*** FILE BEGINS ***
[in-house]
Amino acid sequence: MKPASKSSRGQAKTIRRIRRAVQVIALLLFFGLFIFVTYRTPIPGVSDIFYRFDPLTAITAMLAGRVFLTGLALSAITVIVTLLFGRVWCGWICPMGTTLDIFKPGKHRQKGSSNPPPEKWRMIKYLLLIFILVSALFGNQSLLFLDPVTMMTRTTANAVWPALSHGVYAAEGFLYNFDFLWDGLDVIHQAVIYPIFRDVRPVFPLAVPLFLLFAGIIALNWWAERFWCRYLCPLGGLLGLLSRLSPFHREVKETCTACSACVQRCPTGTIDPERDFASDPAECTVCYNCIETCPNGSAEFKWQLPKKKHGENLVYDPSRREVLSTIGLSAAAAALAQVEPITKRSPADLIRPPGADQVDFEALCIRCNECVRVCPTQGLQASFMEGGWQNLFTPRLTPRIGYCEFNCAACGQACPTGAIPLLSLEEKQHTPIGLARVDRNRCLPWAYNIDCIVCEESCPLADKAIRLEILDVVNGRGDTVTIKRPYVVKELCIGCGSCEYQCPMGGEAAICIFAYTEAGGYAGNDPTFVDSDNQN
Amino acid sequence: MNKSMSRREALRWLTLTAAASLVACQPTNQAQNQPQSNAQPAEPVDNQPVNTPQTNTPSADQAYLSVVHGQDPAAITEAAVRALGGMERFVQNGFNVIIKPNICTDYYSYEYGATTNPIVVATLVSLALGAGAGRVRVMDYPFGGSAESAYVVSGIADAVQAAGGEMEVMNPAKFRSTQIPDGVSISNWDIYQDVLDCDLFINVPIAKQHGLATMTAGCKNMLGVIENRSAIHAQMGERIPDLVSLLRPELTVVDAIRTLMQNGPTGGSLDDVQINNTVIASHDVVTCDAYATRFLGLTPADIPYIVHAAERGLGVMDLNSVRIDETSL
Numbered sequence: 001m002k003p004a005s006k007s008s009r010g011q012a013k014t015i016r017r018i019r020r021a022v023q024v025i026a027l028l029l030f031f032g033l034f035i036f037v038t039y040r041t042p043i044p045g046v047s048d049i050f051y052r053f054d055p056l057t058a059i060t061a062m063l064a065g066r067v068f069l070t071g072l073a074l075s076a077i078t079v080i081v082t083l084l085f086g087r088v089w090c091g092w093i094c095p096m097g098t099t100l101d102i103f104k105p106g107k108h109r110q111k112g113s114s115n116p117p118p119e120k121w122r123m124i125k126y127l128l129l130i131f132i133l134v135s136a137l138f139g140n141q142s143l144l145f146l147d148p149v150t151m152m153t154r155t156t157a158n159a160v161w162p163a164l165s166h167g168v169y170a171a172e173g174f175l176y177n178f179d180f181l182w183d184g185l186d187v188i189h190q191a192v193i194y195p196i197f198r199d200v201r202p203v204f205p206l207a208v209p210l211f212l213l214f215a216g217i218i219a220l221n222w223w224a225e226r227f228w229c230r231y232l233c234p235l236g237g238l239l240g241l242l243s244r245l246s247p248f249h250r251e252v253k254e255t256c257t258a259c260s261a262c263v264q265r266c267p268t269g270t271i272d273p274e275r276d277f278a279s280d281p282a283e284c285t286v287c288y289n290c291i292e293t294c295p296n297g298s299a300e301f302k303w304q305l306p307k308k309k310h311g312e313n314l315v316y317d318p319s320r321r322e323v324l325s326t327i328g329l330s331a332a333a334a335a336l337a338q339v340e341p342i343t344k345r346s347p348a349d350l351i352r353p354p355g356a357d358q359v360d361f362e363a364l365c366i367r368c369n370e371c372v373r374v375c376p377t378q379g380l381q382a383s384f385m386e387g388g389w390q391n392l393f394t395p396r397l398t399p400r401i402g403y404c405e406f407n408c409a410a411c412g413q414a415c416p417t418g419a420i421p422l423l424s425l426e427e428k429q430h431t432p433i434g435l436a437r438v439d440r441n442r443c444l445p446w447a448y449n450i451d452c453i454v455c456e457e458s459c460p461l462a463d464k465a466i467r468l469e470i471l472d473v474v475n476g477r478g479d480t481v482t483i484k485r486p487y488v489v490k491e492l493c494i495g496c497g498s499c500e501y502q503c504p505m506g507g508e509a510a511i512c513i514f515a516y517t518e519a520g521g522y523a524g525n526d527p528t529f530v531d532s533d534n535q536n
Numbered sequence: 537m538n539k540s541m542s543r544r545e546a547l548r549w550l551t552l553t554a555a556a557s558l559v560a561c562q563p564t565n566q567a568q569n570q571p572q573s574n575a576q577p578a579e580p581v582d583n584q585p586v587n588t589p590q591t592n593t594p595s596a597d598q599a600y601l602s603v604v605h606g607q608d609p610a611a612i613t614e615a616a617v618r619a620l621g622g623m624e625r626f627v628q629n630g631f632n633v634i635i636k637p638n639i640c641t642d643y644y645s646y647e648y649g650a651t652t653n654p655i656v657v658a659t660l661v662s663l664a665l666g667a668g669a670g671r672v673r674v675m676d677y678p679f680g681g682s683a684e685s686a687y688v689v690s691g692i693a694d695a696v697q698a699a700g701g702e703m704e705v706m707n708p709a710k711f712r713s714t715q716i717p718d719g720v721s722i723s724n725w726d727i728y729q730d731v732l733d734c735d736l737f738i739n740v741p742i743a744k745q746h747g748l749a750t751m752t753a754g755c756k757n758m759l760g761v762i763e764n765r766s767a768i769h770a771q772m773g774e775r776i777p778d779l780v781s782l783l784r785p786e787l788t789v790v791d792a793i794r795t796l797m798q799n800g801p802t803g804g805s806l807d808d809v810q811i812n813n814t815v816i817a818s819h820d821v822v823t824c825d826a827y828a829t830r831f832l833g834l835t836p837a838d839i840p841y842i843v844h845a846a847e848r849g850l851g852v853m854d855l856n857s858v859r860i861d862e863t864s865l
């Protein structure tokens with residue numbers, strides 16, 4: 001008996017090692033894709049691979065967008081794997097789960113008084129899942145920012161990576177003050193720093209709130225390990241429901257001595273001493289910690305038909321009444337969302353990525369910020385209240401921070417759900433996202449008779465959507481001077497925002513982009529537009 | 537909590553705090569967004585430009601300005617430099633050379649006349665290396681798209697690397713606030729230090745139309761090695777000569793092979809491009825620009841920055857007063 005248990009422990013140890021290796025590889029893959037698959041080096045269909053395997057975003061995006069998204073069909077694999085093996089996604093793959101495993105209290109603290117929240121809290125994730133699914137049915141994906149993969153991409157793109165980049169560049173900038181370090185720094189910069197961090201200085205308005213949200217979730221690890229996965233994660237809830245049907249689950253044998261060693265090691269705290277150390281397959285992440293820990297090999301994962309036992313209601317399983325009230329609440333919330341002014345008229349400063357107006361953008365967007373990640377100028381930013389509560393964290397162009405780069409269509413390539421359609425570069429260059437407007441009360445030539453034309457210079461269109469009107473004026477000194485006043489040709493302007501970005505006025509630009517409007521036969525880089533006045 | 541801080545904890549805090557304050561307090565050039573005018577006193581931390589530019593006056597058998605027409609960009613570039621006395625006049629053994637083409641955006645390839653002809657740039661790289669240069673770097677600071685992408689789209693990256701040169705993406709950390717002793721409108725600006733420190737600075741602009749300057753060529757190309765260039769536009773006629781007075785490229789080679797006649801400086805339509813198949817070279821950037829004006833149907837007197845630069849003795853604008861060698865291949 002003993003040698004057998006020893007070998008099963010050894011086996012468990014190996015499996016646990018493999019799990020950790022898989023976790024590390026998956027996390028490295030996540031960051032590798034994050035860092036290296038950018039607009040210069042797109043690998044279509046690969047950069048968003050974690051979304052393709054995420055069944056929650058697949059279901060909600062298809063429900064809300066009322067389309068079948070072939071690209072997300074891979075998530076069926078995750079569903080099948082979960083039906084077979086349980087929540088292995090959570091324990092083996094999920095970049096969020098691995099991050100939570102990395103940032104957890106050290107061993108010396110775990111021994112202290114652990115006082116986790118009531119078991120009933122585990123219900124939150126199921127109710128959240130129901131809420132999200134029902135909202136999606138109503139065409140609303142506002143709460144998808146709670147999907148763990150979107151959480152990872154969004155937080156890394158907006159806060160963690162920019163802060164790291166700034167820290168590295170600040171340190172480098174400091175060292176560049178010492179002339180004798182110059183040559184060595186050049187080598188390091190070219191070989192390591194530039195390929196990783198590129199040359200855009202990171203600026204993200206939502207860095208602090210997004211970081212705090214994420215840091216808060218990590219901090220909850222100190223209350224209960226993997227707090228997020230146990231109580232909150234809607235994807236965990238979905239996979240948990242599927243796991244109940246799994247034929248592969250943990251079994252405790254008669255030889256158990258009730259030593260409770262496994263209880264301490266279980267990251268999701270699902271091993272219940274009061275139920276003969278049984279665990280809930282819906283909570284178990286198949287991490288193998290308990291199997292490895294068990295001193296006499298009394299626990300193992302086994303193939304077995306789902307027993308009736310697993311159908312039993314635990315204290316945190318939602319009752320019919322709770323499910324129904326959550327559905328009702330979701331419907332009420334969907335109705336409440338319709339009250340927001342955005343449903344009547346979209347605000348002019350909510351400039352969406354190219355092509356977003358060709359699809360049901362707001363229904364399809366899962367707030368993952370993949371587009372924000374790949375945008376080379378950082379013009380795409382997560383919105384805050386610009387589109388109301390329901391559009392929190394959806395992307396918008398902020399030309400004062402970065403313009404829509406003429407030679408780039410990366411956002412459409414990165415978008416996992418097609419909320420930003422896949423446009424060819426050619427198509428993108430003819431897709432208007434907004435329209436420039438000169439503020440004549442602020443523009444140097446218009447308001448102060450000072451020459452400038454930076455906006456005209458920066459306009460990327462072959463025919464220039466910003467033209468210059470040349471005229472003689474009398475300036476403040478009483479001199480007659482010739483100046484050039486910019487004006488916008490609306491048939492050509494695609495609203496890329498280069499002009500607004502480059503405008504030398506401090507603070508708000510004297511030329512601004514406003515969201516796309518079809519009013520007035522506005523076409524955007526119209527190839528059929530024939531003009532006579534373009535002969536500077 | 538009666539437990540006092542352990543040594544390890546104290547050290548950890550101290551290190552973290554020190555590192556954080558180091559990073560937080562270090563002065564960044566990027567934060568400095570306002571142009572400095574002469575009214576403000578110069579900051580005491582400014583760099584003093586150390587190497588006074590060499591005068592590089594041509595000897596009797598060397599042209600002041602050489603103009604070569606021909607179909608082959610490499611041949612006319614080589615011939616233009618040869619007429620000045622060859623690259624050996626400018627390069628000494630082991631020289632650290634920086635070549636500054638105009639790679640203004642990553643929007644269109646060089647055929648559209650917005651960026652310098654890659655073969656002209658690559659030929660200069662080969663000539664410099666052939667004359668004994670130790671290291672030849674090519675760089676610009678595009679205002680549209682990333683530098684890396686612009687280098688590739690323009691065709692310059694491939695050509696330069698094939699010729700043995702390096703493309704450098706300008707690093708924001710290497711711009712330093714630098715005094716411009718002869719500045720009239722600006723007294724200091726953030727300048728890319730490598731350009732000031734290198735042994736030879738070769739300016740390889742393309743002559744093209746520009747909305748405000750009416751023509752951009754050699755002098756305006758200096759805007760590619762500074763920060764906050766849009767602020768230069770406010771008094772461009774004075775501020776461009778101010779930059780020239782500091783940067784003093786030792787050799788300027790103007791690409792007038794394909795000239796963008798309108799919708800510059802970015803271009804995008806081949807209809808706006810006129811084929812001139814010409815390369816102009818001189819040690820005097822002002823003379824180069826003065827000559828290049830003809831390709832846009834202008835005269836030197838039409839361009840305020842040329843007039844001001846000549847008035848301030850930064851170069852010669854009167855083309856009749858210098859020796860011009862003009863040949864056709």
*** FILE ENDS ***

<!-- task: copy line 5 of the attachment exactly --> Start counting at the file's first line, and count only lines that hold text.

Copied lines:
Numbered sequence: 537m538n539k540s541m542s543r544r545e546a547l548r549w550l551t552l553t554a555a556a557s558l559v560a561c562q563p564t565n566q567a568q569n570q571p572q573s574n575a576q577p578a579e580p581v582d583n584q585p586v587n588t589p590q591t592n593t594p595s596a597d598q599a600y601l602s603v604v605h606g607q608d609p610a611a612i613t614e615a616a617v618r619a620l621g622g623m624e625r626f627v628q629n630g631f632n633v634i635i636k637p638n639i640c641t642d643y644y645s646y647e648y649g650a651t652t653n654p655i656v657v658a659t660l661v662s663l664a665l666g667a668g669a670g671r672v673r674v675m676d677y678p679f680g681g682s683a684e685s686a687y688v689v690s691g692i693a694d695a696v697q698a699a700g701g702e703m704e705v706m707n708p709a710k711f712r713s714t715q716i717p718d719g720v721s722i723s724n725w726d727i728y729q730d731v732l733d734c735d736l737f738i739n740v741p742i743a744k745q746h747g748l749a750t751m752t753a754g755c756k757n758m759l760g761v762i763e764n765r766s767a768i769h770a771q772m773g774e775r776i777p778d779l780v781s782l783l784r785p786e787l788t789v790v791d792a793i794r795t796l797m798q799n800g801p802t803g804g805s806l807d808d809v810q811i812n813n814t815v816i817a818s819h820d821v822v823t824c825d826a827y828a829t830r831f832l833g834l835t836p837a838d839i840p841y842i843v844h845a846a847e848r849g850l851g852v853m854d855l856n857s858v859r860i861d862e863t864s865l